Skip to content
Name: Double Jeopardy
Summary

The Court of Appeal agreed with the parties that the resentencing court erred in failing to stay one of appellant’s offenses pursuant to Penal Code section 654, increasing appellant’s restitution and parole revocation fines from the amount originally imposed, and imposing excess assessment fines.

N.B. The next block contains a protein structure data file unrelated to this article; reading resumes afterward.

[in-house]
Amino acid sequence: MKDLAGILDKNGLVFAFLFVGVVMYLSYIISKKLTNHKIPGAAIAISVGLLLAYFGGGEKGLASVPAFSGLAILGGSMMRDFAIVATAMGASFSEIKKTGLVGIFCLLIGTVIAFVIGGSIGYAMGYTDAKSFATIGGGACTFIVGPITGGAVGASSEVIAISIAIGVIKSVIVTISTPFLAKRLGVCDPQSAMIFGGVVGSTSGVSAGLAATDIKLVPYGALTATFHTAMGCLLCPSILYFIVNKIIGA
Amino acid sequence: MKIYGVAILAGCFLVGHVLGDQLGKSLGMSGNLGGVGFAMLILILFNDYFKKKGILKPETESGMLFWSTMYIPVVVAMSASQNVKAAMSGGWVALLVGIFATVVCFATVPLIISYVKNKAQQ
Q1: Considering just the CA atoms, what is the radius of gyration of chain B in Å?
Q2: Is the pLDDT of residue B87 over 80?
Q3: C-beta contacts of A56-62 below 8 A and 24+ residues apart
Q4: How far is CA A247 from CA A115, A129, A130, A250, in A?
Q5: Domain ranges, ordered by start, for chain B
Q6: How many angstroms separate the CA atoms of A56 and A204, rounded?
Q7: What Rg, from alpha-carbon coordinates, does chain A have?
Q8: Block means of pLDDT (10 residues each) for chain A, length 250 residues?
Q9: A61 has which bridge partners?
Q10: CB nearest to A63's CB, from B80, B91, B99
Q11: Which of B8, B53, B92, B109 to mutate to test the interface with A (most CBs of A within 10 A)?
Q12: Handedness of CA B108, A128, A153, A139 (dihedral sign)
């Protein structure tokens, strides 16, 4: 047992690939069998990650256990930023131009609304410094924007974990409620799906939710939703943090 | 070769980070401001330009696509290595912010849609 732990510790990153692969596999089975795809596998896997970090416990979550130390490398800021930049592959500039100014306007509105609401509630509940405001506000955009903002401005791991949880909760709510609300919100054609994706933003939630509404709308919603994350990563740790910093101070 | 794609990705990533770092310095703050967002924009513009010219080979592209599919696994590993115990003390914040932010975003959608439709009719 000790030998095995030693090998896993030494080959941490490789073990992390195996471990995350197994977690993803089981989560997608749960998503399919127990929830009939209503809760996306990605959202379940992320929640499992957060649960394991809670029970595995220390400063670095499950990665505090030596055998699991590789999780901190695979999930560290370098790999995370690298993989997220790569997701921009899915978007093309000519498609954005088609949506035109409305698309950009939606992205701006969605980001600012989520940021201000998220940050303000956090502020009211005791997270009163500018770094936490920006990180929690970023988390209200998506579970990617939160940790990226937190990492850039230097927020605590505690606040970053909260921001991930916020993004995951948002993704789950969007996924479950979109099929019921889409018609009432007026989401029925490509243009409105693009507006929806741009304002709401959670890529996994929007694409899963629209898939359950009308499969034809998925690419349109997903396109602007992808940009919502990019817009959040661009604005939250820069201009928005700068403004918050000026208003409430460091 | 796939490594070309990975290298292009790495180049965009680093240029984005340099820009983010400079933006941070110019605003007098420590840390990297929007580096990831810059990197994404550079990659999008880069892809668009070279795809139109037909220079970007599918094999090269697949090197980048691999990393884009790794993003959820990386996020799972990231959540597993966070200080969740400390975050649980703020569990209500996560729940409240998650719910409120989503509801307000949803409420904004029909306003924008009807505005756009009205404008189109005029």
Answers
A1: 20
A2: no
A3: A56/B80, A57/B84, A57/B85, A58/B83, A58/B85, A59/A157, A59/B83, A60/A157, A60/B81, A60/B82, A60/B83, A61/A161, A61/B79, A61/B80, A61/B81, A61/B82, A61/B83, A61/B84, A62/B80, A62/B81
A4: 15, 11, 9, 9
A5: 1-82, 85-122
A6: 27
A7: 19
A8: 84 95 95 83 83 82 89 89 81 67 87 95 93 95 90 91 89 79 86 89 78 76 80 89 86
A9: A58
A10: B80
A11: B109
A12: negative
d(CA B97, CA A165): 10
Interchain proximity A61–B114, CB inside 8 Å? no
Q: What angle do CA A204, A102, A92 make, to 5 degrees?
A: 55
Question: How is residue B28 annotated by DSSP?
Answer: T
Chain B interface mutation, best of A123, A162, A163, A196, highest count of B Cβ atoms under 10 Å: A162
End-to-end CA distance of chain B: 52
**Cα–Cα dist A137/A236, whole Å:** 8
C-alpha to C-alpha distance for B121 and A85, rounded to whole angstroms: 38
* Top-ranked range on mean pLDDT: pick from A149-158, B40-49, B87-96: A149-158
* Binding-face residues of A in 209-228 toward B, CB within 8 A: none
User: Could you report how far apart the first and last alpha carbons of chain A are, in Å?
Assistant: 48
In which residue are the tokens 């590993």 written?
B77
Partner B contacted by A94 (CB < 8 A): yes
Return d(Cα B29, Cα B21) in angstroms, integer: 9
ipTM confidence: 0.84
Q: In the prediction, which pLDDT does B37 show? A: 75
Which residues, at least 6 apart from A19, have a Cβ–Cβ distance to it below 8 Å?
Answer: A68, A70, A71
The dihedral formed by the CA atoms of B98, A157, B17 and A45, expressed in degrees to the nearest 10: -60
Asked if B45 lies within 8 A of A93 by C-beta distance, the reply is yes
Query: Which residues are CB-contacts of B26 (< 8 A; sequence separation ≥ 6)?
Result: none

A jury convicted appellant of burglary, assault with a deadly weapon, attempted murder, and participation in a criminal street gang on the theory he entered the victim’s home in order to commit assault or attempted murder. The attempted murder and gang convictions were reversed on appeal. At resentencing, the trial court imposed consecutive unstayed terms for the burglary and assault convictions. “When a defendant is convicted of burglary and the intended felony underlying the burglary, section 654 prohibits punishment for both crimes.” (People v. Islas (2012) 210 Cal.App.4th 116, 130; accord, People v. Hester (2000) 22 Cal.4th 290, 295; People v. Radil (1977) 76 Cal.App.3d 702, 713.) The court also imposed a $8,000 restitution fine and a stayed $8,000 parole revocation fine, which were more than the $4,000 fines imposed when appellant was originally sentenced. A trial court’s increase of these fines on remand for resentencing following a partially successful appeal violates California’s constitutional prohibition against double jeopardy. (See People v. Hanson (2000) 23 Cal.4th 355, 363.) Finally, the resentencing court imposed a $160 court operations assessment (Pen. Code, § 1465.8) and $120 criminal conviction assessment (Gov. Code, § 70373); the same amounts it imposed at the original sentencing hearing though two of appellant’s convictions had been reversed. In light of the reversal, the fines should have been reduced to $80 and $60 respectively. The Court of Appeal remanded the matter for the trial court to choose which of appellant’s offenses to stay under section 654, reduce the restitution and parole revocation fines to an amount equal to or less than the amount imposed at the original sentencing hearing, and correct the assessment fines.